Article by Becky Herndon
I love coffee. I thought I knew a lot about it, even before I knew the words peaberry or Silvia. As long as it was hot and not too bitter I was happy. I was an unconscious newbie. Safe to say, I didnít know squat. Over the last six months Iíve transformed into a voracious newbie, the kind whoís constantly in search for more. Itís easy if you have a love of coffee and a desire to learn.
There were two events which set me tripping along the coffee enlightenment path. Event #1 was, by chance, discovering CoffeeGeek.com. Wow, facts and opinions galore! No more coffeemaker for me. Iím strictly a vac-pot, press-pot, burr grinder girl from now on. Event #2 was deciding to visit local roasters to get more experience with how coffee ought to taste. Goodbye, grocery store beans. Local roasters are a treasure trove of good beans, cool toys, and information.
The first step to becoming a voracious newbie is to learn as much as possible. A good place to start is the internet. Start at google.com, using their Web feature to search on topics that pique your curiosity. Also, use the Groups feature to read the discussions on alt.coffee. Itís a great place to find answers.
The next step is to seek real world experiences. I canít be the only newbie whoís been sitting in my house, surrounded by new toys and thinking, ďHave I made good coffee?Ē Thatís when itís time to get out of the house and find some experts. Find local roasters or shops in your area that have friendly, helpful, and knowledgeable staff. Ask questions, request demos, sample beans, absorb knowledge.
Here are some ideas of coffee topics to research on the internet, or ask your experts about.
Plants and Geography
There are different kinds of coffee plants. Find out if you are drinking specialty coffee from the Arabica species of coffee plant. Most bulk coffee (think Folgers) is Robusta, and not considered specialty. The climate, farming, and processing of the country of origin can all affect the final result. Each country also has its own labeling and quality control. Spend some time learning which countries and regions produce your favorite coffees. You may even become loyal to a particular farm or plantation.
The coffee industry has come up with terms for evaluating coffee. Learning the vocabulary cleared up a lot of my confusion regarding coffee. For example, "acidicy" has nothing to do with the pH of the coffee or its ability to etch glass. It is rather the quality of brightness and sparkle in the flavor. Other qualities include body and sweetness. Body is how the coffee feels in your mouth, syrupy or light. A coffee can be naturally sweet, which is good for Espresso blends.
You will also come across terms to describe the flavor, which can vary by region, roast, and blend. It can be described as chocolaty, smoky, grassy, earthy, etc. Single origin coffees are often famous for a trademark flavor. As you practice tasting you will develop the ability to notice different characteristics.
Learning to "Cup"
Learn how to taste coffee. A specialty coffee is going to have flavors and characteristics, based on region and roast, which make it unique. The coffee tasting process is called ďcuppingĒ and is similar to wine tasting. The pros have a refined process involving a silver spoon and spitting out the coffee at the end. Horrors!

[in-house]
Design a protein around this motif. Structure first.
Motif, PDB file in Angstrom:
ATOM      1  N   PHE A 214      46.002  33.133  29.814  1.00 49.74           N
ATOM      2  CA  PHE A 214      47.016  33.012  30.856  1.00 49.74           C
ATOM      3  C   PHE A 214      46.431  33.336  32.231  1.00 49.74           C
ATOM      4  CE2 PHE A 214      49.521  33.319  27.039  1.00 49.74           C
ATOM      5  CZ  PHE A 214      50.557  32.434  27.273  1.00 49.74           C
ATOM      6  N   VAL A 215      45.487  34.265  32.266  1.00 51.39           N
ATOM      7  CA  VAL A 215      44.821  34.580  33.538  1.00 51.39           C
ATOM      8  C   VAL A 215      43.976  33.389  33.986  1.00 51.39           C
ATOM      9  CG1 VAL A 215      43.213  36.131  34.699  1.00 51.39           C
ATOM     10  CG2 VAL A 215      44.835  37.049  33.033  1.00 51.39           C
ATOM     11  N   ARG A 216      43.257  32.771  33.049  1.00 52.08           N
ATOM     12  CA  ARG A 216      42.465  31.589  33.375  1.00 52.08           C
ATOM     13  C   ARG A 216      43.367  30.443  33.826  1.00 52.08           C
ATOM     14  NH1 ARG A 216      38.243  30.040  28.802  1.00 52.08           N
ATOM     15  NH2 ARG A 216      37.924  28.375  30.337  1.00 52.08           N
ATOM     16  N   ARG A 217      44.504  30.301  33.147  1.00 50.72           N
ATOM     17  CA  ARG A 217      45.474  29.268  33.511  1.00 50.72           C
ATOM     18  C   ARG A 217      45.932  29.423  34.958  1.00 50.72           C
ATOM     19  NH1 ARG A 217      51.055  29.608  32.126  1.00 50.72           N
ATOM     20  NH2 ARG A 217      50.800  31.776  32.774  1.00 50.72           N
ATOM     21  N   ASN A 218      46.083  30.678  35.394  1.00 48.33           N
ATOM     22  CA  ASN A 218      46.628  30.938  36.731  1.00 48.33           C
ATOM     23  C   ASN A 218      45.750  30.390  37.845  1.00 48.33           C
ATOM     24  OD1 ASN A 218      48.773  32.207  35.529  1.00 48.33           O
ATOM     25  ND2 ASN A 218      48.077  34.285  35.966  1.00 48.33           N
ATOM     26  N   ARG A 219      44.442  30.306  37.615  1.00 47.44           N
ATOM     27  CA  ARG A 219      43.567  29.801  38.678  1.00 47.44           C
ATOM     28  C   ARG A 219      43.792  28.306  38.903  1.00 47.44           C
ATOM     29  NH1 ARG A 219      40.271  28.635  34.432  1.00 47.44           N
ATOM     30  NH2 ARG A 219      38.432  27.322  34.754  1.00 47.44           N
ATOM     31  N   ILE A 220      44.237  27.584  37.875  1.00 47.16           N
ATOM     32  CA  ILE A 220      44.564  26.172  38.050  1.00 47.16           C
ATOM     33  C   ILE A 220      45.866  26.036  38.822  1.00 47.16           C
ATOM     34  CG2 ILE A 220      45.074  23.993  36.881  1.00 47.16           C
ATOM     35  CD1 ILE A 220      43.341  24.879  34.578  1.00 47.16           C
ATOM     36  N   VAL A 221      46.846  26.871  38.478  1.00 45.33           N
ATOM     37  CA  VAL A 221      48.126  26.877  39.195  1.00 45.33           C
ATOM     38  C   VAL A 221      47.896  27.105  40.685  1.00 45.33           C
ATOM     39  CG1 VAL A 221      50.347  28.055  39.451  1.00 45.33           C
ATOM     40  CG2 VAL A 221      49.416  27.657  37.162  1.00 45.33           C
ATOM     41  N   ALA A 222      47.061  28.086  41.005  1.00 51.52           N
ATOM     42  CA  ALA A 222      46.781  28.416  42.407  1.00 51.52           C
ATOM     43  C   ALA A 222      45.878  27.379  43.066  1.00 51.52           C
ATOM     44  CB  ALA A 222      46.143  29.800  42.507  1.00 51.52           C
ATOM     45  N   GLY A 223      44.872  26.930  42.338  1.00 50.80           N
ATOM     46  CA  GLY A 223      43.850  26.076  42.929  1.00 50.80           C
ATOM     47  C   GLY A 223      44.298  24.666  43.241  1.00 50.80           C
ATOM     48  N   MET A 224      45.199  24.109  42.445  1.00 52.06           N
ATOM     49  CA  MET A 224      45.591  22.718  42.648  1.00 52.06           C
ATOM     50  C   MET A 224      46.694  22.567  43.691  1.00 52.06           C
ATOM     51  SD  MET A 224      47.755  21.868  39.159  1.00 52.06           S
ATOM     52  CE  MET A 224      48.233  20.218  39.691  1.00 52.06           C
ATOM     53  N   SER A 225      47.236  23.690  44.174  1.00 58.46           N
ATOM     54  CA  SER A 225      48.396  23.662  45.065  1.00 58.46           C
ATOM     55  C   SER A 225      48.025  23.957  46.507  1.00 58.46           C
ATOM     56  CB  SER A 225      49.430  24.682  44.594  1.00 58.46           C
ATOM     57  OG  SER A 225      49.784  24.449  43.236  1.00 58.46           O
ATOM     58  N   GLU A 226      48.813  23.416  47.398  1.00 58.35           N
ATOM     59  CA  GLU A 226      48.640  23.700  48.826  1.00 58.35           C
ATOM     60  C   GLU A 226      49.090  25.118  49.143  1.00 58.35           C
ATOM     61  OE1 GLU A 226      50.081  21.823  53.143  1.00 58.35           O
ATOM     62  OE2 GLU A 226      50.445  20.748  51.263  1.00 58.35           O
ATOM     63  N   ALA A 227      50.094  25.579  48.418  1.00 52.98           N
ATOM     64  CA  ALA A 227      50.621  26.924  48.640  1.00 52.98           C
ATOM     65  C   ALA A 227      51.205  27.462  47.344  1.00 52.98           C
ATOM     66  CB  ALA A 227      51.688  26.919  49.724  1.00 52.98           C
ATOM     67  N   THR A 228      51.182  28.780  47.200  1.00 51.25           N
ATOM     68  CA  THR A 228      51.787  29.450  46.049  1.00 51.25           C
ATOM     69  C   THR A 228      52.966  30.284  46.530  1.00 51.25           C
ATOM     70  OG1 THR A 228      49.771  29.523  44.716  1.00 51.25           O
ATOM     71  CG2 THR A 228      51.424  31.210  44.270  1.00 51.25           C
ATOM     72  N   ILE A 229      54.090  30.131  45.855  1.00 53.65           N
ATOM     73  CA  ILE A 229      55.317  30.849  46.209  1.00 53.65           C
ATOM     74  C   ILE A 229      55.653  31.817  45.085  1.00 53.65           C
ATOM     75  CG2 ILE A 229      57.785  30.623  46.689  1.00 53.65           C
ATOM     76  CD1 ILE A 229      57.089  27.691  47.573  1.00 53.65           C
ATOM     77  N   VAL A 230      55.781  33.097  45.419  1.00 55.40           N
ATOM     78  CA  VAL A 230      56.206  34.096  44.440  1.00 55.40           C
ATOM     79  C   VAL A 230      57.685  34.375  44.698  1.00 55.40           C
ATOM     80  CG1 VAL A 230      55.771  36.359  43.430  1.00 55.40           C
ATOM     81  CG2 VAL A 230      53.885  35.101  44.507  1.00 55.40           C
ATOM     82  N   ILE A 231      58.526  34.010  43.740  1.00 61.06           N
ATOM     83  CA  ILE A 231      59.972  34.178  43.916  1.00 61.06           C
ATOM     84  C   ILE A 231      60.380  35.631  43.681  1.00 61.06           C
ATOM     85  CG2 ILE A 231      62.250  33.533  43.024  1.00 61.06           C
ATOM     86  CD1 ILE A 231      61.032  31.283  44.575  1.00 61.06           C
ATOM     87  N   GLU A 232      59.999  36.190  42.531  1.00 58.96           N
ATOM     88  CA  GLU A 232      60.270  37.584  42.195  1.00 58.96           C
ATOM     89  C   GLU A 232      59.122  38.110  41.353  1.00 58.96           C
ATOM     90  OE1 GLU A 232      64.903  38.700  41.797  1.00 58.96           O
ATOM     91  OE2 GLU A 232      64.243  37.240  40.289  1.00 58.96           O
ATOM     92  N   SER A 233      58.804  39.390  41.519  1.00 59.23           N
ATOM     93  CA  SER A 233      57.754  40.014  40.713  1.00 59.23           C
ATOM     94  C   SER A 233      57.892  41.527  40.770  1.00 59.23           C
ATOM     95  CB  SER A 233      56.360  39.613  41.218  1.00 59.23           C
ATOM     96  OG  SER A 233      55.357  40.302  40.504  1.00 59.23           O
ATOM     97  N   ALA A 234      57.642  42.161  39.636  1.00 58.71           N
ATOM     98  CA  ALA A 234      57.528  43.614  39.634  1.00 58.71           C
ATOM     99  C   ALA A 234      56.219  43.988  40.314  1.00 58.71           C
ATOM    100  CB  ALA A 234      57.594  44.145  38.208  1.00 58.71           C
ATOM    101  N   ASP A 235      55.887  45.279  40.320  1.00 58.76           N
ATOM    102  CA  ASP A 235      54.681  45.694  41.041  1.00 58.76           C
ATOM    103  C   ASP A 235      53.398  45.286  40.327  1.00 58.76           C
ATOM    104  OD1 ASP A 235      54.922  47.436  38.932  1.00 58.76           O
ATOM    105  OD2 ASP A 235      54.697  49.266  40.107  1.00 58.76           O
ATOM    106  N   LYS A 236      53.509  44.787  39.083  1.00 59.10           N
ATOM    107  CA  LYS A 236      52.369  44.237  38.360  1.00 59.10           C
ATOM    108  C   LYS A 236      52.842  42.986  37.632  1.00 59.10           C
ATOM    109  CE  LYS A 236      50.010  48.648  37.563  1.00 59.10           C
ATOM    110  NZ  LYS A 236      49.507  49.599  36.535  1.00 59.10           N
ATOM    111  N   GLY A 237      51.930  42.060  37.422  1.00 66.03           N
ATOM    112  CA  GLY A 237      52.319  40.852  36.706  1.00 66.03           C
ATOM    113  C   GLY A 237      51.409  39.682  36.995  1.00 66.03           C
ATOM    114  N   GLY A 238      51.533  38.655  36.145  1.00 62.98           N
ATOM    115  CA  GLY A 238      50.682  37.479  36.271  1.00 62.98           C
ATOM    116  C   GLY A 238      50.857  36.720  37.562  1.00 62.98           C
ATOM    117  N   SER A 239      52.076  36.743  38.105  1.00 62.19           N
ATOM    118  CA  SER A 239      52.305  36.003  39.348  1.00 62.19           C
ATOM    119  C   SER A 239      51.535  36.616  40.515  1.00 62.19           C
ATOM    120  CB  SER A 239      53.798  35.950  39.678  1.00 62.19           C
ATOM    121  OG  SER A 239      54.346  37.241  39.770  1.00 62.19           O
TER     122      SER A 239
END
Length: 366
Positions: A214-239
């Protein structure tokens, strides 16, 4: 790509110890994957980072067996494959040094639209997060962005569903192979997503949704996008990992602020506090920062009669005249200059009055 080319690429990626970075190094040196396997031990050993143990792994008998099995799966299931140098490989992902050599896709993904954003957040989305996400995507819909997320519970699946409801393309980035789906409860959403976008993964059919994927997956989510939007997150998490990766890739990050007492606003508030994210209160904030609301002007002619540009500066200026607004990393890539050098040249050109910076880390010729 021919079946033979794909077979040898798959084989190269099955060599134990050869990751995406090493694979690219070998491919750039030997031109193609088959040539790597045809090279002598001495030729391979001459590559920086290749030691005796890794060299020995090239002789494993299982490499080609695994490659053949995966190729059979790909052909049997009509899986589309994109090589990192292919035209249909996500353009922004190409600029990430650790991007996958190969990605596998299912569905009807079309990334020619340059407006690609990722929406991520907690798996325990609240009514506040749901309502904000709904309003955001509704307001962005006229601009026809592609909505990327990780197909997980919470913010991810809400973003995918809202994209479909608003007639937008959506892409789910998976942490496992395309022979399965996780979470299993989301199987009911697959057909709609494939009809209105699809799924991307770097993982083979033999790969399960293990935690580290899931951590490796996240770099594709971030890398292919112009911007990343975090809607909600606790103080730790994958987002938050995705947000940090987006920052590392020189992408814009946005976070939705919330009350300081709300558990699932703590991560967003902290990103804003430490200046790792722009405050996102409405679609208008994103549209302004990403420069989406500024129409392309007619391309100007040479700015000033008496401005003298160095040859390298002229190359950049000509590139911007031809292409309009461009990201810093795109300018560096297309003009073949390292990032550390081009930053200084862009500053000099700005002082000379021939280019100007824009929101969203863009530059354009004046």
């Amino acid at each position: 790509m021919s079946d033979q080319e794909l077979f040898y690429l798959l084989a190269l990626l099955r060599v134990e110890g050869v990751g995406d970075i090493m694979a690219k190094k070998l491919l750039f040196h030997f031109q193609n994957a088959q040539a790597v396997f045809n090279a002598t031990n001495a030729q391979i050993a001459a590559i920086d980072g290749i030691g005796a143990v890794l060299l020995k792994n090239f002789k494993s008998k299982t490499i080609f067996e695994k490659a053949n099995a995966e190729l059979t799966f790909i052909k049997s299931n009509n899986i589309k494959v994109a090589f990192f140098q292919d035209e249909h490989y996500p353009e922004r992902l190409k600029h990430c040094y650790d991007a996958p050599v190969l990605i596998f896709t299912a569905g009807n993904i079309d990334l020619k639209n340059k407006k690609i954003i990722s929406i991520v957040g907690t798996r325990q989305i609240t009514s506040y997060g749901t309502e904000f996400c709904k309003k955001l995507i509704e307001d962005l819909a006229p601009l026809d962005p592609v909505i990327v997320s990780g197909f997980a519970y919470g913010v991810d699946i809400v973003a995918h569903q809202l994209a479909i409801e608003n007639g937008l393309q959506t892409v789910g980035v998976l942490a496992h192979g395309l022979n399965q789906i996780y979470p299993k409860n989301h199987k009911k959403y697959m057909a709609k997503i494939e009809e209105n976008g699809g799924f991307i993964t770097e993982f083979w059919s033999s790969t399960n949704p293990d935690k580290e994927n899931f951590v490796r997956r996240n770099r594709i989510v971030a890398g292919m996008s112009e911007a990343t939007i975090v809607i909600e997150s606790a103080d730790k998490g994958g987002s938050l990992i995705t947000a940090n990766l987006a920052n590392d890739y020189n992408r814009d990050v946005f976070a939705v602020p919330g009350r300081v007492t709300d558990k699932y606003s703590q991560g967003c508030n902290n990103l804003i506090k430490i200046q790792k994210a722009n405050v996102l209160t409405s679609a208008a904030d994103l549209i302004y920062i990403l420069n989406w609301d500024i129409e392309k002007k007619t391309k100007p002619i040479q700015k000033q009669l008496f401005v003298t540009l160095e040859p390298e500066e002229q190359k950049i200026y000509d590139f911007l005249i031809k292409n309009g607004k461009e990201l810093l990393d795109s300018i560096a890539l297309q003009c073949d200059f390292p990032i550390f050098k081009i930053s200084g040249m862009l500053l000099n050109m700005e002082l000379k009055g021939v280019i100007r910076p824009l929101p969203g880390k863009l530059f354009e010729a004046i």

Here is Snif-n-slurp, a simplified process for tasting.
- Hold your cup of freshly brewed coffee (no sugar or cream) close to your nose and inhale. Notice the aromas.
- Set down the cup and get a spoon (preferably deep and metal). Fill the spoon about halfway with coffee and blow on it a little to cool it.
- Slurp the coffee rapidly, to get it all over the inside of your mouth.
- Notice the feeling of the coffee in your mouth, the flavors on your tongue (tip, sides, back), and the aftertaste.
- Feel free to swallow the coffee.
Practice practice practice! The more coffees you ďcupĒ, the more distinguished your coffee palate will become.
Coffee is roasted to tone down grassy and bitter flavors. The longer the beans are roasted, the darker they get. Pretty obvious. The darkness represents caramelized sugars and carbon. Darker roasts will have less inherent flavor from the beans, but more body and carbon taste. The basic distinctions from light to dark are Cinnamon, City Roast, Italian Roast, and French Roast. Beans destined for espresso are usually roasted dark. Each roaster will rate the darkness by their own criteria and give it a name.
Names of roasts generate a lot of confusion for newbies. Beans are sold with names like French Roast, Italian Roast, and City Roast with no mention of the variety or blend. What kind of beans are they? Equally frustrating are beans with a variety or blend name, but no roast information. Sure itís Sumatra or Bobís Blend, but how dark are the beans? Be a nosy newbie, and ask when making purchases.
Equipment and technique, plants and industry, roast and grind; thereís a universe of coffee to learn about. Seek out new coffee experiences. Write about it in a logbook, diary, journal, or whatever works for you. Take notes about your favorite blends and recipes. Avoid the dilemma of not remembering names, web addresses, or demo dates. Remember to enjoy yourself!
Credit to Andi C. Trindle Walker of Capricorn Coffees (website) for the roastery tour and the handouts; Descriptive Terms for Coffee, Capricorn Bean Sense, and Capricorn Daily Cupping Form.
Author info: Becky Herndonís 25 year love affair with coffee began with her dadís clever idea to make a little Cafť au Lait en bottle. Toddlers dig that stuff. Her recent decision to seek quality over quantity has led to specialty coffee, the purchase of a few fine coffee toys, and the abandonment of the Chefmate 12-cup coffee maker.